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How design made the difference

Design had a big impact on the referendum result, argues Rob Coke of brand agency Studio Output in an article in Creative Review.

The result’s in the name

He argues: “‘Brexit’ ticks all the boxes for a strong brand name: short, easy to spell, good mouthfeel.”

And as a result of that nickname, “leaving was already baked into the vote’s name”. Thus the referendum wasn’t a ‘Breferendum’, it was a vote on ‘Brexit’. Leaving was the active thing to do and people are “happier being ‘pulled’ towards something than ‘pushed’ away from something else”, he says.



Active simplicity

The simplicity of the campaign name Vote Leave made it all the more effective. “It’s literally the thing you’re going to do when you get your hands on the ballot paper… Don’t think, just do.”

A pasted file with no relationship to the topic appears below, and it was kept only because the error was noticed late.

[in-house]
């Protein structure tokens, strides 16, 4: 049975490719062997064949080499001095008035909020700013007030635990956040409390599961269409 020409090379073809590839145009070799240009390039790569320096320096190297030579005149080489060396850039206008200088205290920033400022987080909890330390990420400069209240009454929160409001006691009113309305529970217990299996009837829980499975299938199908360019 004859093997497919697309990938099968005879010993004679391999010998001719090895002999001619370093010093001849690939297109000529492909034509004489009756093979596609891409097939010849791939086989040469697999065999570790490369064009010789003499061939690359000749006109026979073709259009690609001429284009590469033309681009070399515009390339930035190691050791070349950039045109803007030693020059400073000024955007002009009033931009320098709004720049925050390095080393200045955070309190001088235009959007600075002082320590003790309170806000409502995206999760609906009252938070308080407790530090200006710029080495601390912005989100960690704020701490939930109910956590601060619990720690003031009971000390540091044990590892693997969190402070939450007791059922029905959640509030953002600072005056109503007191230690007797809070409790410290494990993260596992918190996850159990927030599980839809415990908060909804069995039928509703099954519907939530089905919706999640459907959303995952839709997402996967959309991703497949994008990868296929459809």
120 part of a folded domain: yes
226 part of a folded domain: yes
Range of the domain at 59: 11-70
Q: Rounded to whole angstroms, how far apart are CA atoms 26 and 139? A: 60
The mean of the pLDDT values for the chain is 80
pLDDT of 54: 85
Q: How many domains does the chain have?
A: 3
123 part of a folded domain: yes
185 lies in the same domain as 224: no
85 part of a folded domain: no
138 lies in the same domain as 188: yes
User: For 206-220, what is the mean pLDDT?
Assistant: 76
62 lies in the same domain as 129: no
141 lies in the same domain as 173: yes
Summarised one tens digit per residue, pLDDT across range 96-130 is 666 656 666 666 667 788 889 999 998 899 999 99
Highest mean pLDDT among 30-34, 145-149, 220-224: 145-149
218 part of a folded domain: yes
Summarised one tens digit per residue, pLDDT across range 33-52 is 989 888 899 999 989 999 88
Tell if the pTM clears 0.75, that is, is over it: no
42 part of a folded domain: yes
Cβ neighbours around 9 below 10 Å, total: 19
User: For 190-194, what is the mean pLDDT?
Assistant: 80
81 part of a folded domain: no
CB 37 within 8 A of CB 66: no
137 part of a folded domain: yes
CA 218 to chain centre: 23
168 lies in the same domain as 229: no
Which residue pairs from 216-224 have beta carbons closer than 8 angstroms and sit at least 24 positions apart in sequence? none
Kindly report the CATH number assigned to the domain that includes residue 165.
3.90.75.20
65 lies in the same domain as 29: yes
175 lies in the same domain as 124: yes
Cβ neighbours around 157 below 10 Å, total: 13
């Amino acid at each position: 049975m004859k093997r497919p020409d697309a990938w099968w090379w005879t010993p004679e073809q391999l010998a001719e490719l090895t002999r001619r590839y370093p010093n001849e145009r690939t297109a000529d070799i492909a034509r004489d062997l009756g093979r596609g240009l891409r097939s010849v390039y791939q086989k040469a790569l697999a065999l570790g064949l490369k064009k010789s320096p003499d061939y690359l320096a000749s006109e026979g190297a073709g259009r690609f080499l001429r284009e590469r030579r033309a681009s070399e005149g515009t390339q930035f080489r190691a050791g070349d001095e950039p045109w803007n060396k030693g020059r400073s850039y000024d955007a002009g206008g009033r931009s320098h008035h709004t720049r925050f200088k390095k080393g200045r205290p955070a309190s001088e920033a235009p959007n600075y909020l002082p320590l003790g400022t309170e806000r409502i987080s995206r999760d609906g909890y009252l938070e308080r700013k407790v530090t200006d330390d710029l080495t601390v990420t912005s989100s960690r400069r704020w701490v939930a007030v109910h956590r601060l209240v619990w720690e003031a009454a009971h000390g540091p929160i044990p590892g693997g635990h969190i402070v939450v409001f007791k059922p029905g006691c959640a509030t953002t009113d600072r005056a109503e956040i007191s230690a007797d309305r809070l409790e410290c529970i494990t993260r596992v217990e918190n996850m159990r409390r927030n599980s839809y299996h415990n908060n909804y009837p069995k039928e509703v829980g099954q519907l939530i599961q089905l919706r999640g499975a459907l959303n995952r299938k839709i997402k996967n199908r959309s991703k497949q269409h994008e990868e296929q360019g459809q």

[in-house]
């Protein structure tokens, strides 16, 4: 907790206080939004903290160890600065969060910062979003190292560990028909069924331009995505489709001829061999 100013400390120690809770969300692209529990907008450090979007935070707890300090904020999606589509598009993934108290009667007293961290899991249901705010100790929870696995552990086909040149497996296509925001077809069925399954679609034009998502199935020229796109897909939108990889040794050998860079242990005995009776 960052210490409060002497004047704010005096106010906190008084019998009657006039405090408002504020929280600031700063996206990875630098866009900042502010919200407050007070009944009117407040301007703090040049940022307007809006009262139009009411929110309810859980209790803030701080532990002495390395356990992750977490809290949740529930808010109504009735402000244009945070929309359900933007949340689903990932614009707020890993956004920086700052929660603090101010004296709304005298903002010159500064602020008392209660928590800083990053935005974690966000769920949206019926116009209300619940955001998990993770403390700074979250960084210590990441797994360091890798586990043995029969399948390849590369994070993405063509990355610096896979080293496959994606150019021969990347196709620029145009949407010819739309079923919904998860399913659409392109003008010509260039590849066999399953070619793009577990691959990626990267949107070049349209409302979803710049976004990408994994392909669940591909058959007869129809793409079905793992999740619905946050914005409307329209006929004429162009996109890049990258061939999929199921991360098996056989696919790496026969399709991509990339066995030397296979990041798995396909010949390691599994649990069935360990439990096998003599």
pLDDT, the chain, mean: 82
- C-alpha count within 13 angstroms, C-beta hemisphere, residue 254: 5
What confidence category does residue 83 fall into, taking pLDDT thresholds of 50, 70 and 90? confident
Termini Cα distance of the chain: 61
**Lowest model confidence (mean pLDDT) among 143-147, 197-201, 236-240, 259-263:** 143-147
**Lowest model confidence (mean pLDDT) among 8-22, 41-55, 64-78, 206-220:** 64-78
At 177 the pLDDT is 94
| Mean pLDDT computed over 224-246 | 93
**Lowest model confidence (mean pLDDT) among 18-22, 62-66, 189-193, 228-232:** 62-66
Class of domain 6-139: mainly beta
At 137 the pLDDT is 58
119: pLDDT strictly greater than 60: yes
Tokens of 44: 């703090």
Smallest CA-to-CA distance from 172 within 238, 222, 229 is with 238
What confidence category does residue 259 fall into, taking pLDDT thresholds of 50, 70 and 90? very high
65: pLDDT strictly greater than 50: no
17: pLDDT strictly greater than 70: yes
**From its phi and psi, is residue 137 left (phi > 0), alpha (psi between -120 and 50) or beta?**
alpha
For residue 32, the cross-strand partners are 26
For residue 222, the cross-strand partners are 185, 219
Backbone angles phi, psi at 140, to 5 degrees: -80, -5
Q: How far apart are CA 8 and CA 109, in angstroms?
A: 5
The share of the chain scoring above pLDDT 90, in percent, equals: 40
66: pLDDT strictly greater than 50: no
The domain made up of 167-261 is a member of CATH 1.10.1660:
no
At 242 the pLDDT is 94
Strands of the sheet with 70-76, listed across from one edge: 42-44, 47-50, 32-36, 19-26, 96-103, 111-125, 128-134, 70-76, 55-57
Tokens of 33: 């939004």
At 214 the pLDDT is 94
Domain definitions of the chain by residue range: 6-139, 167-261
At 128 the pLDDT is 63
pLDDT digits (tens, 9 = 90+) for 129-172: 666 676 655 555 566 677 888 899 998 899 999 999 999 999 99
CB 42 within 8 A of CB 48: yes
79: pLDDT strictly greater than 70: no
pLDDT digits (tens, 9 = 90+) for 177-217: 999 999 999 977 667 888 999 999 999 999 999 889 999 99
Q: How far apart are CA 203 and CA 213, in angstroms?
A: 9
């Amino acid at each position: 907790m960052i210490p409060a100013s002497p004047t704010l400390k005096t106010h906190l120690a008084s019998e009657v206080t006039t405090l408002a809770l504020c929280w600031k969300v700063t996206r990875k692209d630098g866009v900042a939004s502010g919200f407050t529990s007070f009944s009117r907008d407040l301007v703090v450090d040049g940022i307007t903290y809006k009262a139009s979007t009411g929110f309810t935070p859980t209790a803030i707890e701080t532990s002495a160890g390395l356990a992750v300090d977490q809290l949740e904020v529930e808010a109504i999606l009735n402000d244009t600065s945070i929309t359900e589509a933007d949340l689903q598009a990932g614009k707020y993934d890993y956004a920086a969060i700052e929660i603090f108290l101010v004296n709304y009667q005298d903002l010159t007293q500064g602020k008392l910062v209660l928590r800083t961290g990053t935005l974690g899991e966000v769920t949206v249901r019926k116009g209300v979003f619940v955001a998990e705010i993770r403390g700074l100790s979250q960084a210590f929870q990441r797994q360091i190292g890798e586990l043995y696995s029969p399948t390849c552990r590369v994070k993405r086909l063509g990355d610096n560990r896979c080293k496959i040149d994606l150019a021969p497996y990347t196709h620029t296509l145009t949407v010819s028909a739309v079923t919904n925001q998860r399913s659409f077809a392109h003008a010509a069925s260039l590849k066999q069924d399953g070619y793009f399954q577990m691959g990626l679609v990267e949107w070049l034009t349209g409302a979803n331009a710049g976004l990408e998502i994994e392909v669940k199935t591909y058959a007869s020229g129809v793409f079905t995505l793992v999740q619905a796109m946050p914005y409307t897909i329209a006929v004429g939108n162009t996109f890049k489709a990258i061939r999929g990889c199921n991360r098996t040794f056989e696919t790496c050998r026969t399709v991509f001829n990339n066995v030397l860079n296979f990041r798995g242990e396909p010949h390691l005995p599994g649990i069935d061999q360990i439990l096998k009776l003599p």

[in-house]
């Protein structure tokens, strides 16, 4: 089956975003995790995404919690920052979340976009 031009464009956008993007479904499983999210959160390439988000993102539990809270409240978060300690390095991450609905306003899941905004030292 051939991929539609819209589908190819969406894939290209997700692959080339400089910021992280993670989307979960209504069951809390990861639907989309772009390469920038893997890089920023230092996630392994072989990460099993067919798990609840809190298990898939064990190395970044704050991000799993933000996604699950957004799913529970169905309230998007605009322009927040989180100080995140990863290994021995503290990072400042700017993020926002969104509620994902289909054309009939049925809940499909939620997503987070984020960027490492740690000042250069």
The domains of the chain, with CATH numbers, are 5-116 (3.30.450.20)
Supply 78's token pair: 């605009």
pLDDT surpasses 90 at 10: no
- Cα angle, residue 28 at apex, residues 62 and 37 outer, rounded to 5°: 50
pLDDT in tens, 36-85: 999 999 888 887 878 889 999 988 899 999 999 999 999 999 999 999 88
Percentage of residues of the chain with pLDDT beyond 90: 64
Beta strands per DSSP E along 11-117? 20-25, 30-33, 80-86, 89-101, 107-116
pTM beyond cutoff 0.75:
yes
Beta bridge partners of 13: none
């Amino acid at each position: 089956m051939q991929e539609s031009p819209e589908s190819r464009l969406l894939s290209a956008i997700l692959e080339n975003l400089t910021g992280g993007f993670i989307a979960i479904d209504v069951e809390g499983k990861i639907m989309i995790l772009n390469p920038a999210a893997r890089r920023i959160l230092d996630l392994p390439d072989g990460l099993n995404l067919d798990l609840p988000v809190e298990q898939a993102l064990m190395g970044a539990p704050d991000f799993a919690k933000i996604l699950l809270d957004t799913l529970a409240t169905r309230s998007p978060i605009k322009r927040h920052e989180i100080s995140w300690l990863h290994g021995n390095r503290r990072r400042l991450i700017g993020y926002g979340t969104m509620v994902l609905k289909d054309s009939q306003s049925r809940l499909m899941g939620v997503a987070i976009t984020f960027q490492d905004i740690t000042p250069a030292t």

Coke argues that Vote Leave is also a “petulant, bitchy message”: “It speaks to people disenfranchised from authority… It taps into the sentiment that if you’re powerless this is the final act of defiance you can make. Don’t like it? Vote Leave.”

Many names, no identity

In contrast Vote Remain brought to mind human or archaeological remains. As Coke puts it: “It comes with decomposition as standard.”

Aside from the fact that it defends the status quo, he says, “it’s not even the best ‘remainy’ word”.

And the Remain campaign’s use of so many names (including ‘Stronger In’, ‘IN’, ‘Britain Stronger in Europe’, ‘I’m IN’) resulted in confusion about what the campaign was called; as a result it lacked the urgency and consistency of Vote Leave.

Seeing Red

Coke argues that this urgency was also reflected in Vote Leave’s colour choice: “If you want to stir things up, red is what you need: the colour of blood, fire and action. So not only did Leave have the most powerful name, they took the most active colour.

“One thing this has all shown is that half the population have been viewing life through a red mist for some time. Vote Leave reflected this and made a connection in the gut where Stronger In failed.”

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